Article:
Sulphur-crested Cockatoos. Photo by Eleanor Dilley

This was the only raptor seen during the day. Noisy Miners were dominant amongst the smaller bush birds and it was a challenge to find other species. A friendly Grey Butcherbird was an exception.

Great Egret, Jells Park
Great Egret. Photo by Eleanor Dilley

After lunch the members drove to Carpark 4 where profusely flowering Ironbarks were attracting birds, most surprisingly including a pair of Princess Parrots (presumably aviary escapees).

Eastern Rosella, Jells Park
Eastern Rosella. Photo by Eleanor Dilley

A final short circuit walk was taken where good views of Australian King-Parrots and Musk Lorikeets were the highlights.

King Parrot(M), Jells Park
Australian King Parrot. Photo by Eleanor Dilley

A total of 64 species was recorded for the day – an excellent result for a suburban park in August.

See the full bird list here: BM Aug 2017 Bird List Jells Park

Beginners Outing to Braeside Park

22 April 2017
Leaders: Hazel and Alan Veevers; Species count: 57
Merrilyn-Noisy Miner Braeside 2017 04 22 6516 800x600.jpg
Noisy Miner. Photo by Merrilyn Serong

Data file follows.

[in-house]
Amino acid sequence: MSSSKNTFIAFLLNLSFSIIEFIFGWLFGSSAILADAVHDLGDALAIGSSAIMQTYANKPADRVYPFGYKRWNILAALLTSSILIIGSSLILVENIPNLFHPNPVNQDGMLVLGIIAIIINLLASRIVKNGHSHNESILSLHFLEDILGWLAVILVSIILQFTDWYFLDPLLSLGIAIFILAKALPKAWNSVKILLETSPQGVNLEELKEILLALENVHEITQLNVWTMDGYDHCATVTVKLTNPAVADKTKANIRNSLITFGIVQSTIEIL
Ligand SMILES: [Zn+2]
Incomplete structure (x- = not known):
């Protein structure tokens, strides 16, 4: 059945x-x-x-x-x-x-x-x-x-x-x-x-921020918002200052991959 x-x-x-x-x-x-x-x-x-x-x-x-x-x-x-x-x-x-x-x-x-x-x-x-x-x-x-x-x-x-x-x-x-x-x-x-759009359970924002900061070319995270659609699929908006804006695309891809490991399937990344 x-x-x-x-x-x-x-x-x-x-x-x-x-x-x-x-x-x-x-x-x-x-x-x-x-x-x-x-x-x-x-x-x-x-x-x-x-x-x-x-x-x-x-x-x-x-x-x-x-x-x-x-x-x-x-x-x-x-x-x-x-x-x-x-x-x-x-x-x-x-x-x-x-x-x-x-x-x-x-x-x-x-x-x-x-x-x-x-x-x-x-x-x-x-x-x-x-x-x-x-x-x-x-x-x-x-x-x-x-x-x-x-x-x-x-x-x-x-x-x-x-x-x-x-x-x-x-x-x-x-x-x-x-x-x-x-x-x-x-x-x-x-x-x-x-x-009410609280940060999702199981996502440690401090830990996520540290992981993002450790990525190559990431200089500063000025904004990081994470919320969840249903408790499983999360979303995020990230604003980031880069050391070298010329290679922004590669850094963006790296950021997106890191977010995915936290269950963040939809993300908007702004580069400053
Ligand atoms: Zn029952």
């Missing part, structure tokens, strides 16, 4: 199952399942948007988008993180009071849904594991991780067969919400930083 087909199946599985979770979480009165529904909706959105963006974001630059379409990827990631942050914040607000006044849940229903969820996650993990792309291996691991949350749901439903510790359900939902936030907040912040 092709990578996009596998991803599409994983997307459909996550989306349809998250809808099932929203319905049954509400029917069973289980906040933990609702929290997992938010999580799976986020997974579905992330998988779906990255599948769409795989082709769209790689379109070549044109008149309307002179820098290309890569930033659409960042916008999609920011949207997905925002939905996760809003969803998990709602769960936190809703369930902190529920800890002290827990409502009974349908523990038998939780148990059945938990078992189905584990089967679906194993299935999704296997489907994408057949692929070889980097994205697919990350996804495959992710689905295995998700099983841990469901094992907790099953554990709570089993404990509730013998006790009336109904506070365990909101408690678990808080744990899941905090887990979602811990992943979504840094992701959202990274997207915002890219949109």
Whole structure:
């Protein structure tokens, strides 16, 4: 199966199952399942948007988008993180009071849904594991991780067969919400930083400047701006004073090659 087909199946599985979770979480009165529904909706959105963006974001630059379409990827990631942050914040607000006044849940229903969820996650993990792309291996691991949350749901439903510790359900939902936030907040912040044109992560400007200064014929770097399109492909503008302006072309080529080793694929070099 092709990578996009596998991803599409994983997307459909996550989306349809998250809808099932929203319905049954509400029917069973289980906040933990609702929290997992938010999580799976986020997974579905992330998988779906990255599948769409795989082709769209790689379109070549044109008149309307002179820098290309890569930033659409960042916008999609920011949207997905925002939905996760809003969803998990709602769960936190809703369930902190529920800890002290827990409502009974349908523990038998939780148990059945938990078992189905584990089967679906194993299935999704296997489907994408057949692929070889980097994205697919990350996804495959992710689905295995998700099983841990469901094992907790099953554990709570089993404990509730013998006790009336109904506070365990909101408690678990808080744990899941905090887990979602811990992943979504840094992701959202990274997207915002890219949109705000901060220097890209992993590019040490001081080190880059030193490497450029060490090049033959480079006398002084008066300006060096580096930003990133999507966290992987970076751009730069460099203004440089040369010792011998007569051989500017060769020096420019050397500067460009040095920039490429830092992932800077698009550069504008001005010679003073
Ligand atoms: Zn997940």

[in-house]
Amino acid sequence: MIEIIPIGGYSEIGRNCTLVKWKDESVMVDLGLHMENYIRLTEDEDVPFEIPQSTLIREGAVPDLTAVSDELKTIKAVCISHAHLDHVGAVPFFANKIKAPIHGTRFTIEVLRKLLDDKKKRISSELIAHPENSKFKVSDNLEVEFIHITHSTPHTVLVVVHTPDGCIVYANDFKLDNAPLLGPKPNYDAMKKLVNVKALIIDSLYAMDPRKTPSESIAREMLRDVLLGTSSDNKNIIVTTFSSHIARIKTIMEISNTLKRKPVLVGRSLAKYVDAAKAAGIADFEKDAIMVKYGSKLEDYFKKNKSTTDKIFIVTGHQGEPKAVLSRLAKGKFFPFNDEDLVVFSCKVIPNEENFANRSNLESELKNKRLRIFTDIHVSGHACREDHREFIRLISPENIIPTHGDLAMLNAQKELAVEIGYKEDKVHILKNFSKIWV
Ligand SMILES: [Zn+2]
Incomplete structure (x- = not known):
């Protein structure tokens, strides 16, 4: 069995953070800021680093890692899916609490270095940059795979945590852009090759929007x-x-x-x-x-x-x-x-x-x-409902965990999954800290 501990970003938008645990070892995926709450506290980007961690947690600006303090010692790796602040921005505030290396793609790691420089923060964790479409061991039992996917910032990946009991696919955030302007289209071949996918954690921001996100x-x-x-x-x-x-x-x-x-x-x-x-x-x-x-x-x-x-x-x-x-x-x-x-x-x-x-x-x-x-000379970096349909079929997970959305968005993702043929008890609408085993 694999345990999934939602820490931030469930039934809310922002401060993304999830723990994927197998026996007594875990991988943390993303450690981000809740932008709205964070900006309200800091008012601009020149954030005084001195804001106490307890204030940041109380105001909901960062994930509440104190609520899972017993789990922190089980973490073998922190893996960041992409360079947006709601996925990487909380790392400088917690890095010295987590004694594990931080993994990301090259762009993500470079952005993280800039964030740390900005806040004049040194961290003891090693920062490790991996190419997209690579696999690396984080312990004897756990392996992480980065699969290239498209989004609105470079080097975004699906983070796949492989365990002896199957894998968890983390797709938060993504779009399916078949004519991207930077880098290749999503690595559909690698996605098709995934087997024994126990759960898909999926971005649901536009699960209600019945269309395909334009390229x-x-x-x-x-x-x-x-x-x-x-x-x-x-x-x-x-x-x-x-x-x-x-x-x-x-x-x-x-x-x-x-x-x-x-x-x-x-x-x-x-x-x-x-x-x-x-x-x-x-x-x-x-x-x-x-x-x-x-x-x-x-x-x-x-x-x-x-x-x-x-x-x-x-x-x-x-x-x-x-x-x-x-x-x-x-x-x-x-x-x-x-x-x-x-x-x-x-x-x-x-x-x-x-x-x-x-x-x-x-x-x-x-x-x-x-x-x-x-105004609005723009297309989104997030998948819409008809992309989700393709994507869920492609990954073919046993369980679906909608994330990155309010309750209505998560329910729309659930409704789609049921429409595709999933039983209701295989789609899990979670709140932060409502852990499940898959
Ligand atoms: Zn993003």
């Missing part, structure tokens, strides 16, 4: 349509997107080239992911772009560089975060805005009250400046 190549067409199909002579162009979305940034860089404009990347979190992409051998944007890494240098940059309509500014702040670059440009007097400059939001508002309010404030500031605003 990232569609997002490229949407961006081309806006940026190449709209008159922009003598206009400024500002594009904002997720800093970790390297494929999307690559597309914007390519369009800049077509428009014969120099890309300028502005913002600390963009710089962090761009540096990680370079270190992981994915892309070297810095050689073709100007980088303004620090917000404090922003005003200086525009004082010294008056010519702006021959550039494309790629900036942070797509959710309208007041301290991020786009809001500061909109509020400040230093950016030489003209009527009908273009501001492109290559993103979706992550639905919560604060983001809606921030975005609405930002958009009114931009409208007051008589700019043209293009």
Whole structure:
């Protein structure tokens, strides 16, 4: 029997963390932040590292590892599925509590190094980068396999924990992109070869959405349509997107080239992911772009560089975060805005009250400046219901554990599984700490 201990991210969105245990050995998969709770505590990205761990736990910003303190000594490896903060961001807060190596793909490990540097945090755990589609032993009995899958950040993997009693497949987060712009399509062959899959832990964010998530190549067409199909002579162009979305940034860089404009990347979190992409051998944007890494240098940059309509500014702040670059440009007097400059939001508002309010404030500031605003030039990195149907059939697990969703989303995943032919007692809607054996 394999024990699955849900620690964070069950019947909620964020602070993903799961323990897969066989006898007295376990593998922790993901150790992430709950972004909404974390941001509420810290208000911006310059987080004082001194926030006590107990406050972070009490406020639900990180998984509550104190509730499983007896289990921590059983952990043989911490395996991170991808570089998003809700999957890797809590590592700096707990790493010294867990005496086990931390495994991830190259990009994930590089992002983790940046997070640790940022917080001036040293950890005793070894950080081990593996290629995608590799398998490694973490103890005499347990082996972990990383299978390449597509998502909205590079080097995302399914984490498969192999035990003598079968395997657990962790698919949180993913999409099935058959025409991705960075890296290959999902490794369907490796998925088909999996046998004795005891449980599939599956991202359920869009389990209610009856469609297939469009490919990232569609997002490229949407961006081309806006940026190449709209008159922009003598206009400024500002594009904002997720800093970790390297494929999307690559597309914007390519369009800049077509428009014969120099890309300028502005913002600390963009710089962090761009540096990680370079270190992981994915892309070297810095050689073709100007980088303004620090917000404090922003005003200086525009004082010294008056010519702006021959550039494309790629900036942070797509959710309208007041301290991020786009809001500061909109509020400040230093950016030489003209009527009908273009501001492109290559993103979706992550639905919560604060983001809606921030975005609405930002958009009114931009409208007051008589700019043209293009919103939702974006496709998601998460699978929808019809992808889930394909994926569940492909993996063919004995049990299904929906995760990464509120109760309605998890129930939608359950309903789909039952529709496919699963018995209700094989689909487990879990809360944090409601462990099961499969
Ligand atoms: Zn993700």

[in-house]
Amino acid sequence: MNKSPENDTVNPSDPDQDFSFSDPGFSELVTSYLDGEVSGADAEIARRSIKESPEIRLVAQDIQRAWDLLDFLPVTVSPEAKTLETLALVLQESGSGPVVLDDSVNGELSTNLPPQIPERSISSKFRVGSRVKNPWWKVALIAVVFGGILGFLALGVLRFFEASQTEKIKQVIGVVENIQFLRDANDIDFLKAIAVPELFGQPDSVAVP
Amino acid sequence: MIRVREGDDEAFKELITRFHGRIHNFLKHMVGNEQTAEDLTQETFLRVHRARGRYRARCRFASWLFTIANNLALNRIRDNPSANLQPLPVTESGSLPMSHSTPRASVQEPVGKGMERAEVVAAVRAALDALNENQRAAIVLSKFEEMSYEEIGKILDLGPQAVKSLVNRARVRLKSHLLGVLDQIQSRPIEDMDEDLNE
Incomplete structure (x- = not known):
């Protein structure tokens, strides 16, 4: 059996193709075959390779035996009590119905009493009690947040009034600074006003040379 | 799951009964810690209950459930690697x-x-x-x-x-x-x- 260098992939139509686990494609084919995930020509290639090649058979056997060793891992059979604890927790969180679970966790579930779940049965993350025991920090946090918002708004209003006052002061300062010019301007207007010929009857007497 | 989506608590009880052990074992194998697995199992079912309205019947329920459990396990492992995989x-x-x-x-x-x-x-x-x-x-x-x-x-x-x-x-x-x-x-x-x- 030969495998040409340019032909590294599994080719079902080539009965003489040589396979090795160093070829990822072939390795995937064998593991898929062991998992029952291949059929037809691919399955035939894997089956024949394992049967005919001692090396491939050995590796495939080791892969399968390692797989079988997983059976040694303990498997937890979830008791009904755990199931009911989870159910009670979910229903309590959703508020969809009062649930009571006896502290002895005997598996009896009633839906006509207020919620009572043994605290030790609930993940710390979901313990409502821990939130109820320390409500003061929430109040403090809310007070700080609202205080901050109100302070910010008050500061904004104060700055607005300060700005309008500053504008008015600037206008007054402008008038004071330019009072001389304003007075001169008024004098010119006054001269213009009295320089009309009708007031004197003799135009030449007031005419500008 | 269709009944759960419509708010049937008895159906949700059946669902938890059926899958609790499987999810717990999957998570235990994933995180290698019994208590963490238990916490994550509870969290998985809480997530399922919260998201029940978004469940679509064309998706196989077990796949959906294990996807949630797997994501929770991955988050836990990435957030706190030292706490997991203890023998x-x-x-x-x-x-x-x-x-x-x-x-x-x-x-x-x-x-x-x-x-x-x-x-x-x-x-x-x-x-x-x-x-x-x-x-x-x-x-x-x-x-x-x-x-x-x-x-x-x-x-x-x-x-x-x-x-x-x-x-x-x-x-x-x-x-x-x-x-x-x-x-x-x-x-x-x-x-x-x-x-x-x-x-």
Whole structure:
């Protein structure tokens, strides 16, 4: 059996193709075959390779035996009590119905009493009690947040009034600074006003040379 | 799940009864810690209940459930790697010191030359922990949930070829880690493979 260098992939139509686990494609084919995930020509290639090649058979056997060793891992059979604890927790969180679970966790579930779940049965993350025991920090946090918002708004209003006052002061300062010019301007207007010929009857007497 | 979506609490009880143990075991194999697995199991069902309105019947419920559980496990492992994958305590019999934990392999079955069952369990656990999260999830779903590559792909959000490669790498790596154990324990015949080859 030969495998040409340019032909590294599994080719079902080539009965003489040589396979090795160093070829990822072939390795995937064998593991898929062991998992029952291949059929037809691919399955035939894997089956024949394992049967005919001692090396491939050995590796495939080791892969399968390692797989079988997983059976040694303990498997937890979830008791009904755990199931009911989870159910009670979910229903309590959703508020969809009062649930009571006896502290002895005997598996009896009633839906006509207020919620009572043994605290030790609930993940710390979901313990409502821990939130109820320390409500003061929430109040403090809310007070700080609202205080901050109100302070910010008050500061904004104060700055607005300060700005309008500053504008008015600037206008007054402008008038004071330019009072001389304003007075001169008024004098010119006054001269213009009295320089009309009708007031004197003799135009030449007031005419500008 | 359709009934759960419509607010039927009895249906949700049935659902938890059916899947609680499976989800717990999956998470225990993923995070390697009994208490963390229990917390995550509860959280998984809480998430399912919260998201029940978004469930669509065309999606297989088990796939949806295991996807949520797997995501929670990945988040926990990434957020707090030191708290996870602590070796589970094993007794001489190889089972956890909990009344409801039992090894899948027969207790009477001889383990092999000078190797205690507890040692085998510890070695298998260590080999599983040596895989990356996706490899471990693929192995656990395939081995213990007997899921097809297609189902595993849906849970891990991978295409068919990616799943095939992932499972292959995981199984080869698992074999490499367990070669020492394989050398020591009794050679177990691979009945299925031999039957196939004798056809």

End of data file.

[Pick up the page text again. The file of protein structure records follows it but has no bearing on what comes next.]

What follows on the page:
Twenty-six members gathered on a sunny morning at the Ibis carpark where Noisy Miners certainly lived up to their name. They were the dominant species in that area, chasing away any other bush bird that dared to enter their territory. A Little Eagle circling overhead provided an exciting diversion as the group were just about to set off down the main drive towards the wetlands. It was not easy to identify for certain until a long-range photograph (attached) was examined on the camera.

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Little Eagle. Photo by Eleanor Dilley

The old dead trees, scattered amongst the lush live ones, enabled good views to be had of Red-rumped Parrots and Rainbow Lorikeets as they investigated the many available nesting hollows.

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Rainbow Lorikeets. Photo by Alan Veevers